CHEYENNE — During a press conference Friday morning, Gov. Mark Gordon expressed concern and anger over the surge in COVID-19 cases, hospitalizations and deaths in Wyoming. He said there will be changes coming in public health orders, and they will be more restrictive.

The health, business, and civic well being of Wyoming and its residents are all being tested in ways that have not been seen before, Gordon said.

“It’s not letting up, it’s going straight up,” he said.

Coronavirus-related deaths have sharply increased during the past 30 days and are now coming in groups of tens. There has been a sharp rise in hospitalizations, and hospitals in surrounding states have become overwhemed. Hospital staff and health care workers are strained.

At the time of the press conference, Wyoming was fifth in the nation in new COVID-19 infections. The state is under the most strain it has seen since the pandemic began, Gordon said. The White House says that Wyoming has 18 counties that are in critical status.

In light of the surge and the emergency that the state is now in, the governor said he has asked for a one-week extension of current public health orders while changes are considered. Those changes need to be thought through and carefully examined, Gordon said.

There will be changes, and they will be more restrictive, Gordon said.

Data provided by the White House will be used to determine the next steps, according to Gordon. His long-term goal is to make sure businesses survive and schools stay open. He wants people to be engaged and stop arguing in order to figure out a way that Wyoming can come through the crisis in a stronger fashion.

The governor said he has reached out to businesses and chambers of commerce throughout the state in search of ideas about how to decrease rising coronavirus numbers without a shutdown. More businesses have been closed because of illness than any health orders, Gordon said.

During questioning, the governor said that in considering new orders, all things will be on the table, including face masks, which are only part of the solution.

The governor did note that face masks are an important part of the strategy. He said that he did not test positive for COVID-19 even after spending a large portion of one day next to someone who had it. The governor attributed that to the fact that they were both wearing masks at the time.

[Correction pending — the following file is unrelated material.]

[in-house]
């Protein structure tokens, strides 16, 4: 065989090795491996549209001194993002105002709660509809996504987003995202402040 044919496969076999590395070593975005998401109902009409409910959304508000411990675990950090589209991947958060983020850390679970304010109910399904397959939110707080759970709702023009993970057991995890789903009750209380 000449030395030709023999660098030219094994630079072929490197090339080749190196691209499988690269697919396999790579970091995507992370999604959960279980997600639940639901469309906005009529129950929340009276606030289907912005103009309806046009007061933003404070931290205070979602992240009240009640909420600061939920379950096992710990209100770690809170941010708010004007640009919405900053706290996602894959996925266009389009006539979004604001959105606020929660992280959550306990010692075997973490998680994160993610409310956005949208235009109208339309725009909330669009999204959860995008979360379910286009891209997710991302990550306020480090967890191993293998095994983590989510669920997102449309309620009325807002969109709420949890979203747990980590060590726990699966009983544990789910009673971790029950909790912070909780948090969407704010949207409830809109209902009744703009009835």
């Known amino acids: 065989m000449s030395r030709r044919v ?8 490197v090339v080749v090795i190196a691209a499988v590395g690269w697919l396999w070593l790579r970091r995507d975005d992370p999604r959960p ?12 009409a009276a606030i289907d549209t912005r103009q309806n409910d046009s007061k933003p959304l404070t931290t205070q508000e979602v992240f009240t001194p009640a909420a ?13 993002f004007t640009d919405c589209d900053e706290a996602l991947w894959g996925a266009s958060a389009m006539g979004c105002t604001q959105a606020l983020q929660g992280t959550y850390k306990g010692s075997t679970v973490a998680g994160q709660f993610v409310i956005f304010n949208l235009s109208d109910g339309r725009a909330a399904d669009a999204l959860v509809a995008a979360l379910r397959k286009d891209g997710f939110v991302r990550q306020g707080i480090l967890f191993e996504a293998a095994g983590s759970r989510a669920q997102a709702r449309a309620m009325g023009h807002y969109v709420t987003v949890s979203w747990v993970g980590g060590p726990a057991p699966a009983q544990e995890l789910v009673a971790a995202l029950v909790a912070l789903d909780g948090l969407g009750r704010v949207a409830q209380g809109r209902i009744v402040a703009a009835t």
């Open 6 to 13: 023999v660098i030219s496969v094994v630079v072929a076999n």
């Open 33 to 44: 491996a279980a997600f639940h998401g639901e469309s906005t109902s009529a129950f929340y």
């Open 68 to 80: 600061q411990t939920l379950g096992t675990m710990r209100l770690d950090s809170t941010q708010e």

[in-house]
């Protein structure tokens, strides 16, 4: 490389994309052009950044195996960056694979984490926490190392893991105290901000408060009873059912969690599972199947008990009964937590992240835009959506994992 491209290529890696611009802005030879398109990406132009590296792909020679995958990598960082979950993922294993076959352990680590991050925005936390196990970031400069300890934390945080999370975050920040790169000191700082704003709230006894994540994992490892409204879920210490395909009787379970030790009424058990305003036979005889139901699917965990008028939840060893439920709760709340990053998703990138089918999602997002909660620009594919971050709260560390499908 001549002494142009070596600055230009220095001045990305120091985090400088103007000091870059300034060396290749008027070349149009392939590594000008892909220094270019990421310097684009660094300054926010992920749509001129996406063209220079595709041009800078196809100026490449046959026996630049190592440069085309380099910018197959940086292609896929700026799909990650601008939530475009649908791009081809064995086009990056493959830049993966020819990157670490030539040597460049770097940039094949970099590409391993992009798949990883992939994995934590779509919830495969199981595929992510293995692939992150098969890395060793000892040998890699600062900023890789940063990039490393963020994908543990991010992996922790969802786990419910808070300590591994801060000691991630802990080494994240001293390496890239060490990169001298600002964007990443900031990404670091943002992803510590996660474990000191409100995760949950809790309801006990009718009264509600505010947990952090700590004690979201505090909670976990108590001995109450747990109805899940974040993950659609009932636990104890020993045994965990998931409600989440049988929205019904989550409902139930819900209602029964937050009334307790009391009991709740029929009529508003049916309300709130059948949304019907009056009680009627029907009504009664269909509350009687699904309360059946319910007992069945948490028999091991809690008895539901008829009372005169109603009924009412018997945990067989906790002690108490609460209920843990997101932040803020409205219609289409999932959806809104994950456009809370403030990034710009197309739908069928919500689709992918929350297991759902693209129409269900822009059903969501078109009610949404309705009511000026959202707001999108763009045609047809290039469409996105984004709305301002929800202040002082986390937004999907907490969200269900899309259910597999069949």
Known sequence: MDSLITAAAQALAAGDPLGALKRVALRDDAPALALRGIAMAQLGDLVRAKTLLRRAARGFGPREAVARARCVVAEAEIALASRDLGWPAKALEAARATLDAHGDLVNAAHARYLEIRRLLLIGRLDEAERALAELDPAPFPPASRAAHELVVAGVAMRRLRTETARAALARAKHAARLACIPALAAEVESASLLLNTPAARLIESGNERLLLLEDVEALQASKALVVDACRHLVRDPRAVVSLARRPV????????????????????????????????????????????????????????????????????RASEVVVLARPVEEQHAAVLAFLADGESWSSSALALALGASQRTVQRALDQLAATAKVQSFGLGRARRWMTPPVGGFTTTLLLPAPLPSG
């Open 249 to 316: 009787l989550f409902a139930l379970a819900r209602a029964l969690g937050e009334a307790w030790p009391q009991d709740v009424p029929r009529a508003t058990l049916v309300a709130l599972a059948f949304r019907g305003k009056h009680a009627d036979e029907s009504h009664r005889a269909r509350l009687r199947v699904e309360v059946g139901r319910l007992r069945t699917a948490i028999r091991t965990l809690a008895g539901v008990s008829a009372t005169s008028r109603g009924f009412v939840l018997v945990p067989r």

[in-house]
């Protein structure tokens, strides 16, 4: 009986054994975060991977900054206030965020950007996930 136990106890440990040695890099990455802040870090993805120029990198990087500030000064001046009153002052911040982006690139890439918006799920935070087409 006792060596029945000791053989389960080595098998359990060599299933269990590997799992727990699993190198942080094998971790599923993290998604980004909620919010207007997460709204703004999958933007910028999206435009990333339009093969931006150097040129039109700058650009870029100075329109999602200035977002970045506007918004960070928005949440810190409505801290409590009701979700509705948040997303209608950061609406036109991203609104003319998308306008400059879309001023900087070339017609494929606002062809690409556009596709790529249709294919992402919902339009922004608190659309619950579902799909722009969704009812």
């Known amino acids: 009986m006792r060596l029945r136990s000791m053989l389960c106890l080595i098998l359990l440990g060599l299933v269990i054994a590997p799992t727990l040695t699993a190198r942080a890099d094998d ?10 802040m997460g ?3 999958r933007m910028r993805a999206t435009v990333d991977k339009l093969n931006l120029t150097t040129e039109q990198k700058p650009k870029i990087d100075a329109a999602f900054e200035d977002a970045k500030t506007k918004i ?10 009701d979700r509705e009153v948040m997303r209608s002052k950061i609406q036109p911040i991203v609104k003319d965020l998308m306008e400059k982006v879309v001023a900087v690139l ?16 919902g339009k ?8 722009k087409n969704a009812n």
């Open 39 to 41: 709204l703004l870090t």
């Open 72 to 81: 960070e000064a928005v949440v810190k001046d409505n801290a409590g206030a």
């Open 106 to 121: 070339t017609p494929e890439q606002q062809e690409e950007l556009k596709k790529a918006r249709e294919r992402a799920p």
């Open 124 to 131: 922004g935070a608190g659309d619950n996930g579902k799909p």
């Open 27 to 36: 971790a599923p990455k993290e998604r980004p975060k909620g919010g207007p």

Since the pandemic started, Gordon said he has tried to figure out how to be as “light” as possible in public health restrictions. Wyoming did a wonderful job all the way to September when cases started to rise, he said.

However, the governor expressed his frustration about how much worse the situation in Wyoming is now compared to the summer.

“We are being knuckleheads about this,” he said.

“It’s time that Wyoming woke up and got serious about what it’s doing,” he added. “It’s time to get serious.”

Governor Gordon said he has been getting letters every day asking what he’s going to do about the situation. Some of those are from businesses asking how the state is going to maintain a healthy workforce.

One of the letters he mentioned receiving was from the trona miners in southwest Wyoming expressing concern about their ability to continue running the same number of shifts.

Wyoming Department of Health director Mike Ceballos addressed the issue of where the rising cases might be coming from. He attributed part of it to gatherings with asymptomatic carriers and get-togethers with friends and families in homes. He said there have been some cases in schools, but the spread there has been minimized due to mask requirements.

Ceballos said he talked to personnel at Memorial Hospital of Sweetwater County. They said that although they are not seeing amount of masking that they would like in the community, due to the strict guidance of masking in their facility, they haven’t had one case of transfer of COVID-19 within the hospital.

When we’re knowledgeable and thoughtful, we’re able to do a better job of controlling it, Ceballos said.

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